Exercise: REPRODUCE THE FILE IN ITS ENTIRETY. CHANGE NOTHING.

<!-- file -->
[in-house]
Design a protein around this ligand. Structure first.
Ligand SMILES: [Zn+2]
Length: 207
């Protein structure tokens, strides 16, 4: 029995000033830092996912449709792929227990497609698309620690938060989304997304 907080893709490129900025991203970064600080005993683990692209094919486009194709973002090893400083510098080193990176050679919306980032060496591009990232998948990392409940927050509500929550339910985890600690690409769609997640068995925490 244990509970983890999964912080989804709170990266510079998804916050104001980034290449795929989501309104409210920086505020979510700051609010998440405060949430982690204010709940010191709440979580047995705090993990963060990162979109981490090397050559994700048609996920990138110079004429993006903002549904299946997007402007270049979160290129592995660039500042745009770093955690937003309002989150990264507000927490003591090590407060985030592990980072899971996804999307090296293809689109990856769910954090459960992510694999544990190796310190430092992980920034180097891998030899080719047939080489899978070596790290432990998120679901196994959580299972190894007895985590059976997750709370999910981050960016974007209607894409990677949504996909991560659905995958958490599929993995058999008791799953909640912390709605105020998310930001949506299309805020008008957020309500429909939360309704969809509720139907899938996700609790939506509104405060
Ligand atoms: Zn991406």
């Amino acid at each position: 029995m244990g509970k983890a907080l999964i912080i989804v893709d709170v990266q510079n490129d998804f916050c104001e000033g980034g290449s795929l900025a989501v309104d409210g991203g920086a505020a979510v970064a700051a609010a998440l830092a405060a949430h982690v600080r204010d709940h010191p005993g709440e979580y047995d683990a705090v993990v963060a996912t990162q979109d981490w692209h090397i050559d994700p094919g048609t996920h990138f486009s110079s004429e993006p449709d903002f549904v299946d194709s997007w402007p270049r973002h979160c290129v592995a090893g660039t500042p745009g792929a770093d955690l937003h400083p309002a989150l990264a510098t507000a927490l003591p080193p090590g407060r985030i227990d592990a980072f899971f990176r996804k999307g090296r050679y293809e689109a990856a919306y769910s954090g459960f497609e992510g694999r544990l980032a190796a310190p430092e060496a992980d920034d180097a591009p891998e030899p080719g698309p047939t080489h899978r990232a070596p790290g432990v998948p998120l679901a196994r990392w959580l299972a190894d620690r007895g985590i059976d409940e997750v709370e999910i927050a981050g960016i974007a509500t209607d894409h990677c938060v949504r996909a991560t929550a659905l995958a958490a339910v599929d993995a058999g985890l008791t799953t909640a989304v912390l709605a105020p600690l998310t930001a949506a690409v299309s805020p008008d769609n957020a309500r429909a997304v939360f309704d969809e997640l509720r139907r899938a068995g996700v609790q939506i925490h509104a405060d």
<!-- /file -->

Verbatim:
[in-house]
Design a protein around this ligand. Structure first.
Ligand SMILES: [Zn+2]
Length: 207
């Protein structure tokens, strides 16, 4: 029995000033830092996912449709792929227990497609698309620690938060989304997304 907080893709490129900025991203970064600080005993683990692209094919486009194709973002090893400083510098080193990176050679919306980032060496591009990232998948990392409940927050509500929550339910985890600690690409769609997640068995925490 244990509970983890999964912080989804709170990266510079998804916050104001980034290449795929989501309104409210920086505020979510700051609010998440405060949430982690204010709940010191709440979580047995705090993990963060990162979109981490090397050559994700048609996920990138110079004429993006903002549904299946997007402007270049979160290129592995660039500042745009770093955690937003309002989150990264507000927490003591090590407060985030592990980072899971996804999307090296293809689109990856769910954090459960992510694999544990190796310190430092992980920034180097891998030899080719047939080489899978070596790290432990998120679901196994959580299972190894007895985590059976997750709370999910981050960016974007209607894409990677949504996909991560659905995958958490599929993995058999008791799953909640912390709605105020998310930001949506299309805020008008957020309500429909939360309704969809509720139907899938996700609790939506509104405060
Ligand atoms: Zn991406």
């Amino acid at each position: 029995m244990g509970k983890a907080l999964i912080i989804v893709d709170v990266q510079n490129d998804f916050c104001e000033g980034g290449s795929l900025a989501v309104d409210g991203g920086a505020a979510v970064a700051a609010a998440l830092a405060a949430h982690v600080r204010d709940h010191p005993g709440e979580y047995d683990a705090v993990v963060a996912t990162q979109d981490w692209h090397i050559d994700p094919g048609t996920h990138f486009s110079s004429e993006p449709d903002f549904v299946d194709s997007w402007p270049r973002h979160c290129v592995a090893g660039t500042p745009g792929a770093d955690l937003h400083p309002a989150l990264a510098t507000a927490l003591p080193p090590g407060r985030i227990d592990a980072f899971f990176r996804k999307g090296r050679y293809e689109a990856a919306y769910s954090g459960f497609e992510g694999r544990l980032a190796a310190p430092e060496a992980d920034d180097a591009p891998e030899p080719g698309p047939t080489h899978r990232a070596p790290g432990v998948p998120l679901a196994r990392w959580l299972a190894d620690r007895g985590i059976d409940e997750v709370e999910i927050a981050g960016i974007a509500t209607d894409h990677c938060v949504r996909a991560t929550a659905l995958a958490a339910v599929d993995a058999g985890l008791t799953t909640a989304v912390l709605a105020p600690l998310t930001a949506a690409v299309s805020p008008d769609n957020a309500r429909a997304v939360f309704d969809e997640l509720r139907r899938a068995g996700v609790q939506i925490h509104a405060d």